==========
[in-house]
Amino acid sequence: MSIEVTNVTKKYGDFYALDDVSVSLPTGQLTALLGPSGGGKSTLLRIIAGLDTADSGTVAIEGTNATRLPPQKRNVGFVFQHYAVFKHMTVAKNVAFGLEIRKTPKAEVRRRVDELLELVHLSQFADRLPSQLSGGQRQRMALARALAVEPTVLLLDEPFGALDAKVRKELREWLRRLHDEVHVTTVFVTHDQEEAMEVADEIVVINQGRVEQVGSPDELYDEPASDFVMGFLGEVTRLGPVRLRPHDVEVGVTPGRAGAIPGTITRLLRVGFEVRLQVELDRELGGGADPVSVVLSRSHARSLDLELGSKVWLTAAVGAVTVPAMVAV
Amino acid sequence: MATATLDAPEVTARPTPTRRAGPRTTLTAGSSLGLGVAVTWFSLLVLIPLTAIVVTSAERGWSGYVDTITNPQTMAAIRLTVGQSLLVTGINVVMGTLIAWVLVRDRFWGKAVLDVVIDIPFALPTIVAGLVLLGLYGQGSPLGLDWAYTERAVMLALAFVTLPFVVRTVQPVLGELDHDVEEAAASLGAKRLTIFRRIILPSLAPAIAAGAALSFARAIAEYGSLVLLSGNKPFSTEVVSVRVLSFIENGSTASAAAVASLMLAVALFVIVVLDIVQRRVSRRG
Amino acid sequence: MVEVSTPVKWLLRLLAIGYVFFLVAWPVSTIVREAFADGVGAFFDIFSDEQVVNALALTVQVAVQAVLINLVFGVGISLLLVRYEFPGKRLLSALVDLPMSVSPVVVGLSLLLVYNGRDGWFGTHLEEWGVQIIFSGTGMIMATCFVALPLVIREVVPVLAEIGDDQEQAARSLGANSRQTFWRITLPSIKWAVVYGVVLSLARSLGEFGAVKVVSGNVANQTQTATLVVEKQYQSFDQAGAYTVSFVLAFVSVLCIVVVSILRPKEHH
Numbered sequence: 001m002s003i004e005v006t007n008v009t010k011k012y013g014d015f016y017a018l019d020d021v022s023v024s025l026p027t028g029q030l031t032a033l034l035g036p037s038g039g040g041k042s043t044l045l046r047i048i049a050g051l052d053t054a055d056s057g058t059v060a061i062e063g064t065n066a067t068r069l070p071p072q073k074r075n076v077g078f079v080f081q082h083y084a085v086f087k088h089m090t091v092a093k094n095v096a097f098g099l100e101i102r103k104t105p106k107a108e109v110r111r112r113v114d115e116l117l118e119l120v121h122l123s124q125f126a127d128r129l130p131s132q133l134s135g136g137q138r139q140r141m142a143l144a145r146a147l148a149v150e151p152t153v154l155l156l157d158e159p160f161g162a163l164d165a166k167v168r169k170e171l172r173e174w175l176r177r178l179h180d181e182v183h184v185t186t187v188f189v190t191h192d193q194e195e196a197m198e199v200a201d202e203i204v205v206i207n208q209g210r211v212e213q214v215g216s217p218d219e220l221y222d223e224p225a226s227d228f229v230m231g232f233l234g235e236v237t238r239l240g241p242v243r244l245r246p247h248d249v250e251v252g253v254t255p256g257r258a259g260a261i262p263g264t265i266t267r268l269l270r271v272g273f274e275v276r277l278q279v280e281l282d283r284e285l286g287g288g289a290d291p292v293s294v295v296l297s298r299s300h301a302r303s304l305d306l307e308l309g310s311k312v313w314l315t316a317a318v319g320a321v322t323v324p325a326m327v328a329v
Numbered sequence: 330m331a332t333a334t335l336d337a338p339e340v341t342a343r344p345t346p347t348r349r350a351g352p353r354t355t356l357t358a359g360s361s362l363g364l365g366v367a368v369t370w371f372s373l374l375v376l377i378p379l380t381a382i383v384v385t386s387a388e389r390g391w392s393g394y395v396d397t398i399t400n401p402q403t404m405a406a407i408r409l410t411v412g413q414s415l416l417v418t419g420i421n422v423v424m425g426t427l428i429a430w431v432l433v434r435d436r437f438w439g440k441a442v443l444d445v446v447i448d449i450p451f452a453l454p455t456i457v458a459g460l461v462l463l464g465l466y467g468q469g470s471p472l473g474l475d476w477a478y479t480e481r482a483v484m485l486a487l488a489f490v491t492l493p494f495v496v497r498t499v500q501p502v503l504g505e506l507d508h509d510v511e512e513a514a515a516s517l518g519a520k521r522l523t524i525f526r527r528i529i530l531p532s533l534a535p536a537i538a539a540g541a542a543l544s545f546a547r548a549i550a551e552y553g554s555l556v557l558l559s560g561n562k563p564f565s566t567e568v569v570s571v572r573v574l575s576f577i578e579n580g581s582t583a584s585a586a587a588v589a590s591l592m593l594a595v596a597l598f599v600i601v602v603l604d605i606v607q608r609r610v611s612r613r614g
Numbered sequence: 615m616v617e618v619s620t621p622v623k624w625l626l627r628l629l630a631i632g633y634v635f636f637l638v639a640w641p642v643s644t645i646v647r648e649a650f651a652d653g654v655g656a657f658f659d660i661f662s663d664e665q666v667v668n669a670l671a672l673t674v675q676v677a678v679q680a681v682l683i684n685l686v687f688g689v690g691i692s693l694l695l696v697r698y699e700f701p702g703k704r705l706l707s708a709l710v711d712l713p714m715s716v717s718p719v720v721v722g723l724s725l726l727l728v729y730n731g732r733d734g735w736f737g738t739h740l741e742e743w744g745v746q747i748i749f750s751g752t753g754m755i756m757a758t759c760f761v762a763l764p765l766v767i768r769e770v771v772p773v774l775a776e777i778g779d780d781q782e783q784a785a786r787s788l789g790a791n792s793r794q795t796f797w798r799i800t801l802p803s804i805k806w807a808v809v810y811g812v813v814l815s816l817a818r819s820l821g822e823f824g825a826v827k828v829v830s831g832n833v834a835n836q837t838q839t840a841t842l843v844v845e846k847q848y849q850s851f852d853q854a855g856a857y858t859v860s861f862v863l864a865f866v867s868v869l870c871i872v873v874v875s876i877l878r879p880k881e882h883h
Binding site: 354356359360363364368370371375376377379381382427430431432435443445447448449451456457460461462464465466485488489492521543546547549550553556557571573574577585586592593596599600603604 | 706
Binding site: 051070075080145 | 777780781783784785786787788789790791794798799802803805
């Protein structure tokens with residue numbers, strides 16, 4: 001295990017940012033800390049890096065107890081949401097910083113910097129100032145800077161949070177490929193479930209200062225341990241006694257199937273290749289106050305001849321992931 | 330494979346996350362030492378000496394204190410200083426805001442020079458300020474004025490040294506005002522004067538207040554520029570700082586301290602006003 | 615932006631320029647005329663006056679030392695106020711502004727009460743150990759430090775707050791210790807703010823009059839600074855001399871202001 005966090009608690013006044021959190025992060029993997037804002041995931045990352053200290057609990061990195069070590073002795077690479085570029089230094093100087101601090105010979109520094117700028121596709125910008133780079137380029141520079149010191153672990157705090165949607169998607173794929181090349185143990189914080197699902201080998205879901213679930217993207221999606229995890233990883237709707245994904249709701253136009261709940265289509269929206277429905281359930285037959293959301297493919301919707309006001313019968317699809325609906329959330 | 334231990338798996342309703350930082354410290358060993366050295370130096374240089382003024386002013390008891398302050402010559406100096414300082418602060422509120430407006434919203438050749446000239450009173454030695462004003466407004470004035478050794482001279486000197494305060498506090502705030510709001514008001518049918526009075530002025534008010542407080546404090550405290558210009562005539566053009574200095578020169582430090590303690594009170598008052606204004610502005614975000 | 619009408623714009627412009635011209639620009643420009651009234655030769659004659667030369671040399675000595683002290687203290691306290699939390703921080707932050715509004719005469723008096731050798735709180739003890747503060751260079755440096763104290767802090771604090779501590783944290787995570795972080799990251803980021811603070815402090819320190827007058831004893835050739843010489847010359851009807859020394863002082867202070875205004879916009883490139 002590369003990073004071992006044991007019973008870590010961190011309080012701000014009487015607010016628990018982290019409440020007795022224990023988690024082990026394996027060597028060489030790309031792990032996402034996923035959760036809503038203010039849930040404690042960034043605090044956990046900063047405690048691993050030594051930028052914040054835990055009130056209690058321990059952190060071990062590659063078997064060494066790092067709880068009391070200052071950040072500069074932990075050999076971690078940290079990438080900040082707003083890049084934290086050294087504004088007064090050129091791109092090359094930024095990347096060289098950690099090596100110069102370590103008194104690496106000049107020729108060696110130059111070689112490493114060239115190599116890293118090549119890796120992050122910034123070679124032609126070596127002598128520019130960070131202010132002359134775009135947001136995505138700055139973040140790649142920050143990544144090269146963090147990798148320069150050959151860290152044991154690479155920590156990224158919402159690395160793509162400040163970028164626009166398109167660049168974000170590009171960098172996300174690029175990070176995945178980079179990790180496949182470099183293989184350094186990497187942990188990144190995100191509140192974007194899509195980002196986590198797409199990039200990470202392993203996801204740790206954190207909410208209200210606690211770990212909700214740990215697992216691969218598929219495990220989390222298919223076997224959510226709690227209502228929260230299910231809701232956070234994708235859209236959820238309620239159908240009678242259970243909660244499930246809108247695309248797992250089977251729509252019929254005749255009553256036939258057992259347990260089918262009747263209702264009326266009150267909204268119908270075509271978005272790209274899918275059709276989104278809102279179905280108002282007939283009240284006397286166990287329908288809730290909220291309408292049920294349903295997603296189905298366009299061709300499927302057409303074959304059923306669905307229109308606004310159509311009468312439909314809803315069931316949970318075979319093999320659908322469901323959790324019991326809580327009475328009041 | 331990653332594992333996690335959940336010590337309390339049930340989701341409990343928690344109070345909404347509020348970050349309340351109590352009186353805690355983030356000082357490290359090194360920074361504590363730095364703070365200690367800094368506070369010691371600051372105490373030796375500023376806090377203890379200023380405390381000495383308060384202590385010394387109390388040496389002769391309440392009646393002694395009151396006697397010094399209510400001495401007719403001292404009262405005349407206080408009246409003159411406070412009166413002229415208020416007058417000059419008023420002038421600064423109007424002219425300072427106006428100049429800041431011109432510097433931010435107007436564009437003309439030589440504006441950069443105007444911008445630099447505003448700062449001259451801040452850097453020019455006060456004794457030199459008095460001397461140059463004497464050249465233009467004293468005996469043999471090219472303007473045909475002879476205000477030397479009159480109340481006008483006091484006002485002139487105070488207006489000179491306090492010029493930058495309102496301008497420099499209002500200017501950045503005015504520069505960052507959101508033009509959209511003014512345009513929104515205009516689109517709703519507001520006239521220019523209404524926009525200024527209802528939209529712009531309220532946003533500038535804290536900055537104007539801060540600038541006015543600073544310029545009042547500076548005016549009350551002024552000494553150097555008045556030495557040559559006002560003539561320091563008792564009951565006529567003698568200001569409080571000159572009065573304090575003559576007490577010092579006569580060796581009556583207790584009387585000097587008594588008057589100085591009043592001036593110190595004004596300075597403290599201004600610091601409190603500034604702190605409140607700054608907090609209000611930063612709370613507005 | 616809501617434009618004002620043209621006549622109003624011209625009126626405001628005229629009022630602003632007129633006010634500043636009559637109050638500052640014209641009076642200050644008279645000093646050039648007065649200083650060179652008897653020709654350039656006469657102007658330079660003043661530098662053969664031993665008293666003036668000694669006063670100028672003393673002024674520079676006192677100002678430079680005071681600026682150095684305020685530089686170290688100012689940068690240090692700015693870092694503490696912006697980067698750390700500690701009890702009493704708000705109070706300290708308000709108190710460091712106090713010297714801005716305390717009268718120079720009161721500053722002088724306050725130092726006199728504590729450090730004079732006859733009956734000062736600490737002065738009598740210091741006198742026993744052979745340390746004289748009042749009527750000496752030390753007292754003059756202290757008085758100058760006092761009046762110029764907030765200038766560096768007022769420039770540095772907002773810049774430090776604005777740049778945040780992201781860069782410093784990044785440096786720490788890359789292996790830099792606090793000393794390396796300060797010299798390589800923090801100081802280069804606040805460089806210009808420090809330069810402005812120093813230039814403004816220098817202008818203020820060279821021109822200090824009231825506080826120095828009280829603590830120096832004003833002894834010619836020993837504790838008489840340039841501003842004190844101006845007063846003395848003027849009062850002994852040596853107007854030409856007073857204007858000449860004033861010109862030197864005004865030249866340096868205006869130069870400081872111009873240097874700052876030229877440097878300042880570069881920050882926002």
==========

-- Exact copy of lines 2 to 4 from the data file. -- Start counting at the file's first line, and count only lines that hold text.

Amino acid sequence: MSIEVTNVTKKYGDFYALDDVSVSLPTGQLTALLGPSGGGKSTLLRIIAGLDTADSGTVAIEGTNATRLPPQKRNVGFVFQHYAVFKHMTVAKNVAFGLEIRKTPKAEVRRRVDELLELVHLSQFADRLPSQLSGGQRQRMALARALAVEPTVLLLDEPFGALDAKVRKELREWLRRLHDEVHVTTVFVTHDQEEAMEVADEIVVINQGRVEQVGSPDELYDEPASDFVMGFLGEVTRLGPVRLRPHDVEVGVTPGRAGAIPGTITRLLRVGFEVRLQVELDRELGGGADPVSVVLSRSHARSLDLELGSKVWLTAAVGAVTVPAMVAV
Amino acid sequence: MATATLDAPEVTARPTPTRRAGPRTTLTAGSSLGLGVAVTWFSLLVLIPLTAIVVTSAERGWSGYVDTITNPQTMAAIRLTVGQSLLVTGINVVMGTLIAWVLVRDRFWGKAVLDVVIDIPFALPTIVAGLVLLGLYGQGSPLGLDWAYTERAVMLALAFVTLPFVVRTVQPVLGELDHDVEEAAASLGAKRLTIFRRIILPSLAPAIAAGAALSFARAIAEYGSLVLLSGNKPFSTEVVSVRVLSFIENGSTASAAAVASLMLAVALFVIVVLDIVQRRVSRRG
Amino acid sequence: MVEVSTPVKWLLRLLAIGYVFFLVAWPVSTIVREAFADGVGAFFDIFSDEQVVNALALTVQVAVQAVLINLVFGVGISLLLVRYEFPGKRLLSALVDLPMSVSPVVVGLSLLLVYNGRDGWFGTHLEEWGVQIIFSGTGMIMATCFVALPLVIREVVPVLAEIGDDQEQAARSLGANSRQTFWRITLPSIKWAVVYGVVLSLARSLGEFGAVKVVSGNVANQTQTATLVVEKQYQSFDQAGAYTVSFVLAFVSVLCIVVVSILRPKEHH